The room was a mess.
Jackets, hats, mismatched shoes, soccer bags, baseball bags, basketballs and a random collection of junk spilled out of the laundry/mud-room and into the hall–completely blocking the back door and cutting off the only access to the garage.
No matter how much I picked up, no matter how much I pleaded, yelled, demanded and punished the kids, the net result was always the same–the room was a mess. I was a mess.
Something had to change.
My wife and I tried to step back from the problem and look at it logically. Why didn’t the kids put their stuff away?
Immediately, we jumped to the same conclusion–our kids were lazy. They didn’t care if they had to pick their stuff off the floor each day. They didn’t care if it took them longer to get ready for school because they had to hunt down a lost shoe.
Then my wife had a breakthrough. She noted how our oldest daughter (a self-described neat-freak), was as problematic as the other kids. Instantly, the problem was solved.
It wasn’t that our kids were lazy. The problem was that we had set them up to fail:
· They had too much stuff.
· They were trying to manage four seasons’ worth of clothes.
· They didn’t have adequate space to manage even one season of clothes/equipment.
· They hadn’t been given any training on how to manage their stuff.
I found the solution to our aggravating problem was actually quite simple–and interestingly, many of these same solutions show up one way or another in this month’s issue.
· I took everything out of the room and painted it a cheery color–something they would hopefully want to keep looking neat and clean. (You’ll find a similar idea in “Tagging Graffiti,” page 22.)
· I built each kid an open-faced locker and put his/her name on it. Using tidbits and ideas similar to the ones presented in “Bearing the Essentials” on page 18, I made sure the lockers included several useful cubbies and well-placed, three-pronged hooks. Each locker was customized to the activities/equipment the owner had to manage.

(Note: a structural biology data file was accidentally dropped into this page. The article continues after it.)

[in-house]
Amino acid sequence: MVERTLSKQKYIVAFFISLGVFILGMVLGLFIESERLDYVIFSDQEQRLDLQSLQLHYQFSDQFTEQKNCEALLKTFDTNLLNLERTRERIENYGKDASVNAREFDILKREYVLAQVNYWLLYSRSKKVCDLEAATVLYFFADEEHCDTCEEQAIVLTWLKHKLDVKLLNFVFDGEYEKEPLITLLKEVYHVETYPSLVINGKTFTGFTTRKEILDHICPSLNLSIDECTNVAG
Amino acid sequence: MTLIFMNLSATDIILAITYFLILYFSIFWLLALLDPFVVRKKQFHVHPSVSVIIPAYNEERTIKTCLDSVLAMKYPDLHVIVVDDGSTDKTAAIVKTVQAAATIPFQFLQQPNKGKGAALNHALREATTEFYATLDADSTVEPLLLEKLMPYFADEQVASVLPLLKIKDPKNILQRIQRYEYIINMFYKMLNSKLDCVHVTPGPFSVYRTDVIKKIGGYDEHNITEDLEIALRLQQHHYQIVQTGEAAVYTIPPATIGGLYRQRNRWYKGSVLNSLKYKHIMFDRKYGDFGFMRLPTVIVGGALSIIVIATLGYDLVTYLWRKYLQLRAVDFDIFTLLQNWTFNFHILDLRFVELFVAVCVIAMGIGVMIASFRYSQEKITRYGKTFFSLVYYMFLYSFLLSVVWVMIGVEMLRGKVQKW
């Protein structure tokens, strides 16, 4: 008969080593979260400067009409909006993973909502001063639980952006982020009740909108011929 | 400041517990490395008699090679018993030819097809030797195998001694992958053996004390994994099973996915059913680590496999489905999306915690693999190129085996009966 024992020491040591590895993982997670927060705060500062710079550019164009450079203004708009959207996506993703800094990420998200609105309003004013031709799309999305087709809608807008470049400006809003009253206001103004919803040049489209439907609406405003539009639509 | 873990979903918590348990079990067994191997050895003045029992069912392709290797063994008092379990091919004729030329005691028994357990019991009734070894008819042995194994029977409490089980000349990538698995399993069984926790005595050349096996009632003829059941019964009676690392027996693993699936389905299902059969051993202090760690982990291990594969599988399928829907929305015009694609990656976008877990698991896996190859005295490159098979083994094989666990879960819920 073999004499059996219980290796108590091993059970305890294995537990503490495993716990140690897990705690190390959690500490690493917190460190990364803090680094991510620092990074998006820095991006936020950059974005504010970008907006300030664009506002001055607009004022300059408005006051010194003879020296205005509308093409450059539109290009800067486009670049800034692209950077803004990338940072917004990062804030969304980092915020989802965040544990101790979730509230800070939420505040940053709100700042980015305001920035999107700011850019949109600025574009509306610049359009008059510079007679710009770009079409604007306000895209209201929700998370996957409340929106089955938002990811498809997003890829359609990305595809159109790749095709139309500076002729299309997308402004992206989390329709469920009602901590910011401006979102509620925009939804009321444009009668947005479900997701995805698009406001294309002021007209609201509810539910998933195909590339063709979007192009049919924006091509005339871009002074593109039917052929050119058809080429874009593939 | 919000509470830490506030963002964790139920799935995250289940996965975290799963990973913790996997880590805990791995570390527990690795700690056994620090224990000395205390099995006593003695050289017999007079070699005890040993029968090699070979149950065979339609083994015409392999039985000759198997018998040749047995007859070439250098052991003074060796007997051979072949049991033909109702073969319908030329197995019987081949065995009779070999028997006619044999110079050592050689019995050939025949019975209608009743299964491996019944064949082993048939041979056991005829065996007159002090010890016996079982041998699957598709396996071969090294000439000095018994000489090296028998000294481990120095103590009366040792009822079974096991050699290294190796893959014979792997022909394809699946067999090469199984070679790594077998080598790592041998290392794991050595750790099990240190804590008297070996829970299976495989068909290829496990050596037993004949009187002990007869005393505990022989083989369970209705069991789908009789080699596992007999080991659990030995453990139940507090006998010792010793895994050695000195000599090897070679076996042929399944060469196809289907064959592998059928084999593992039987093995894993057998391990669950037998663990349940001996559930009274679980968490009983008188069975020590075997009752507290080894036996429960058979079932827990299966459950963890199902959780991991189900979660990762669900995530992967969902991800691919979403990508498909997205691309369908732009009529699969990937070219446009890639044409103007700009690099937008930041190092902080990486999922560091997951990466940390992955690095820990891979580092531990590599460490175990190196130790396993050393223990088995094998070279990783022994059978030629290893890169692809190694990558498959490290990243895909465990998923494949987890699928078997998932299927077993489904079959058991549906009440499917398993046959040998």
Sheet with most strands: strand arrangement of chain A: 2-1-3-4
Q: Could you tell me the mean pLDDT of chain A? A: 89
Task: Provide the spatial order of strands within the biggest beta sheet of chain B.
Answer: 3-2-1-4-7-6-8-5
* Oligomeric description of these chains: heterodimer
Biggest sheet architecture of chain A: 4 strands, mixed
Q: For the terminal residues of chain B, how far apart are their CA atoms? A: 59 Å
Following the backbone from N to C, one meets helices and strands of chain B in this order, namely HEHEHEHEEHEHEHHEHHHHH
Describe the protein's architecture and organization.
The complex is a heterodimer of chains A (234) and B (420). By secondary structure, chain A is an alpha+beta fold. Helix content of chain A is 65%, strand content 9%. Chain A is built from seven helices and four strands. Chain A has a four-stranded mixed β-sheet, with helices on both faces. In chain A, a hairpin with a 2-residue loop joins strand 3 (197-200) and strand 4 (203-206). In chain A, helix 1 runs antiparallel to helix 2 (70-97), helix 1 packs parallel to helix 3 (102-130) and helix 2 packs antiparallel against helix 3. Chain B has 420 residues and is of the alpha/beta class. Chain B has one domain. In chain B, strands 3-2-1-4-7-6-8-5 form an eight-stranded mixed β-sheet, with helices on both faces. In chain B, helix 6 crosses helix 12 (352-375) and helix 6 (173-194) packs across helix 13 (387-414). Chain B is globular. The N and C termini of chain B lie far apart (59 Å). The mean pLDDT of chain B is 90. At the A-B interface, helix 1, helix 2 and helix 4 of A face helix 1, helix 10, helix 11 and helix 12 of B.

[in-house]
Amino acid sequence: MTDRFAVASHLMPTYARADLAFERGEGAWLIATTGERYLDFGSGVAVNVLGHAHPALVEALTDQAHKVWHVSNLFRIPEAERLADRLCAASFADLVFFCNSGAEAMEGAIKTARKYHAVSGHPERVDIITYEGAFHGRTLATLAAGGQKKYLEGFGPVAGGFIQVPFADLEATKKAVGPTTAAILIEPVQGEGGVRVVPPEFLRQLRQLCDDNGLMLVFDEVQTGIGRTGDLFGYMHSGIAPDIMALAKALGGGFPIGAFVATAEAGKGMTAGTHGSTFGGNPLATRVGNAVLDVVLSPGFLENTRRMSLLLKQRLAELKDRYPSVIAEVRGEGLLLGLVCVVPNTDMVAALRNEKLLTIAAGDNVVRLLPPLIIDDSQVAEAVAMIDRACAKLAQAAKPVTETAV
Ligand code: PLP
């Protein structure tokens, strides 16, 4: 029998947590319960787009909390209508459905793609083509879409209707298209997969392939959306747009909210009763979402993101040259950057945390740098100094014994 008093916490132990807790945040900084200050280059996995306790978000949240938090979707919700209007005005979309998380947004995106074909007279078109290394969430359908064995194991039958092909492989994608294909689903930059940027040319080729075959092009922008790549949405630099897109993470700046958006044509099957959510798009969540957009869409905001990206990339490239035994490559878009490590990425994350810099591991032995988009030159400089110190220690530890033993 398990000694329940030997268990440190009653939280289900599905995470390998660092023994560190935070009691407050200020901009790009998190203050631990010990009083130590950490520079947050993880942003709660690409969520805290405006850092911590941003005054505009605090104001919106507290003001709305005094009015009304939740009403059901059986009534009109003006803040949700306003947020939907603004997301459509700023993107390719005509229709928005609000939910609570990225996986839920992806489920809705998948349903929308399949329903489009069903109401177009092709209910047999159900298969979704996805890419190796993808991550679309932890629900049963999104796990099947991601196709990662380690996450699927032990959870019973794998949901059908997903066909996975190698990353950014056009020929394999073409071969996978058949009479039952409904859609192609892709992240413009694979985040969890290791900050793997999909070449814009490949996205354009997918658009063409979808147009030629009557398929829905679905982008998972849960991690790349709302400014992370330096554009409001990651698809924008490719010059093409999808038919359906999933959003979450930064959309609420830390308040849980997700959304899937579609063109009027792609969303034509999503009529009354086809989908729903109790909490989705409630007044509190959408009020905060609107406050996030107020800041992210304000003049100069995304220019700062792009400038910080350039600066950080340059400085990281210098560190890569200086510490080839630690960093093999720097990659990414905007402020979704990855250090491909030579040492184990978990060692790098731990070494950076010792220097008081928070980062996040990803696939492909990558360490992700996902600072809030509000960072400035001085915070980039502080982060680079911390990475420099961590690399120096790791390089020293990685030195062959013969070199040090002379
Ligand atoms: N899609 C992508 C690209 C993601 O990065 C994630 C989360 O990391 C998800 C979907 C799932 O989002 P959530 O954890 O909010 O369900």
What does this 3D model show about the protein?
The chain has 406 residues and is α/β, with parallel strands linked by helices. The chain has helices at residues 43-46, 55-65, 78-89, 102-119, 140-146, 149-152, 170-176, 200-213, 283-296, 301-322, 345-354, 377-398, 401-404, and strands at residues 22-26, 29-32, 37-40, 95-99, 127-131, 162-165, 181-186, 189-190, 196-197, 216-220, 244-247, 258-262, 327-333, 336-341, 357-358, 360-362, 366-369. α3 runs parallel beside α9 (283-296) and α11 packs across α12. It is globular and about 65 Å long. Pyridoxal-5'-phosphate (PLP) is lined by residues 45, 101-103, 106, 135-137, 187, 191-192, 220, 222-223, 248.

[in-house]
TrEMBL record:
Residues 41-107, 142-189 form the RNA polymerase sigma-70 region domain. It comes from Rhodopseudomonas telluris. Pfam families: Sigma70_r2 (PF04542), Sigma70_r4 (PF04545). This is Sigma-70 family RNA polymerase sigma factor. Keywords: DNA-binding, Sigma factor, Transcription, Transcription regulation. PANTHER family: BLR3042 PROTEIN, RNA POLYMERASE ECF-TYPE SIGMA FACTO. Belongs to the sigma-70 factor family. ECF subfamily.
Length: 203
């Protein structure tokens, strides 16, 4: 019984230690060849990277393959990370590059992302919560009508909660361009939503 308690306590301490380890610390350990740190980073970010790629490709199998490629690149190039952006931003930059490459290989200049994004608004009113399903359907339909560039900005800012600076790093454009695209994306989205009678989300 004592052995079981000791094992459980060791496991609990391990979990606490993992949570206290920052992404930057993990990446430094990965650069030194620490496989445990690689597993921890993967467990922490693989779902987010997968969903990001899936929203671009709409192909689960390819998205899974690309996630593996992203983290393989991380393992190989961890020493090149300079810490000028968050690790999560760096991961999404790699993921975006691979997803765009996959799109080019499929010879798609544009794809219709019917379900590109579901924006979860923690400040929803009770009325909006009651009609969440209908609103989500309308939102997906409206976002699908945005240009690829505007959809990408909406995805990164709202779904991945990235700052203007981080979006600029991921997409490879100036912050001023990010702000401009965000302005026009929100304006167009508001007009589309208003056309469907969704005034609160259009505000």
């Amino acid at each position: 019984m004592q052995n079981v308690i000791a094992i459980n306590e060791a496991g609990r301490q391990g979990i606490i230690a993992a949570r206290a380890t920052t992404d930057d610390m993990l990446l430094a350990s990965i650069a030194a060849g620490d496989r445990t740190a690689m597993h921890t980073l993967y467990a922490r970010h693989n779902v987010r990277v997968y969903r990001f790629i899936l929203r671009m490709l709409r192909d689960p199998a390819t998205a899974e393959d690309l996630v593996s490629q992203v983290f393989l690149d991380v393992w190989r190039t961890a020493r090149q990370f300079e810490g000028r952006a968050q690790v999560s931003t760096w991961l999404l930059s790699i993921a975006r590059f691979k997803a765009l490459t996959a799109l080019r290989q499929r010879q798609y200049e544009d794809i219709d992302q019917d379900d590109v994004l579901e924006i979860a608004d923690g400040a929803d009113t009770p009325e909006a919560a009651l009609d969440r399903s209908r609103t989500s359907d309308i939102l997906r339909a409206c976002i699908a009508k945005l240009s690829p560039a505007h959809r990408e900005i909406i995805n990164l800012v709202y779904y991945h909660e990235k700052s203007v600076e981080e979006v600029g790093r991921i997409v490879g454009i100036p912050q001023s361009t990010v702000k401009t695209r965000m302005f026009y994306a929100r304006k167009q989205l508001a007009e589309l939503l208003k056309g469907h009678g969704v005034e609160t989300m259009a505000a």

· Then, I did my best Randy Gaddo impersonation (see “Does Anybody Like a Bureaucrat?,” page 44), and brought each kid into the room, one by one, and showed him/her how the locker worked and asked for input on how to best keep it clean and organized.
· Finally, I channeled my inner Steve Yeskulsky (“Dollars and Sense,” page 30), and tried to make the room as energy-efficient as possible by replacing the current light bulbwith a new low-energy bulb. After all, this light is almost never turned off because the room is a busy, busy place.
I’m sure I could somehow tie this into the rest of the stories in this issue (“Multi-Use Sports Field Maintenance” may be a stretch, but “Shaking Inactivity” and “Risk Assessment” could probably work), but I think you get the point.
In this business, there is always room to grow. Ideas, processes, systems, products and services abound. Putting the right ones to work for you may simply be a matter of recognizing a recurring irritation, sitting down to figure out what, exactly, is causing it, and then seeking a solution.
Who knows? You may find your staff isn’t lazy. They’re just being set up to fail.
Till next month …
Rodney J. Auth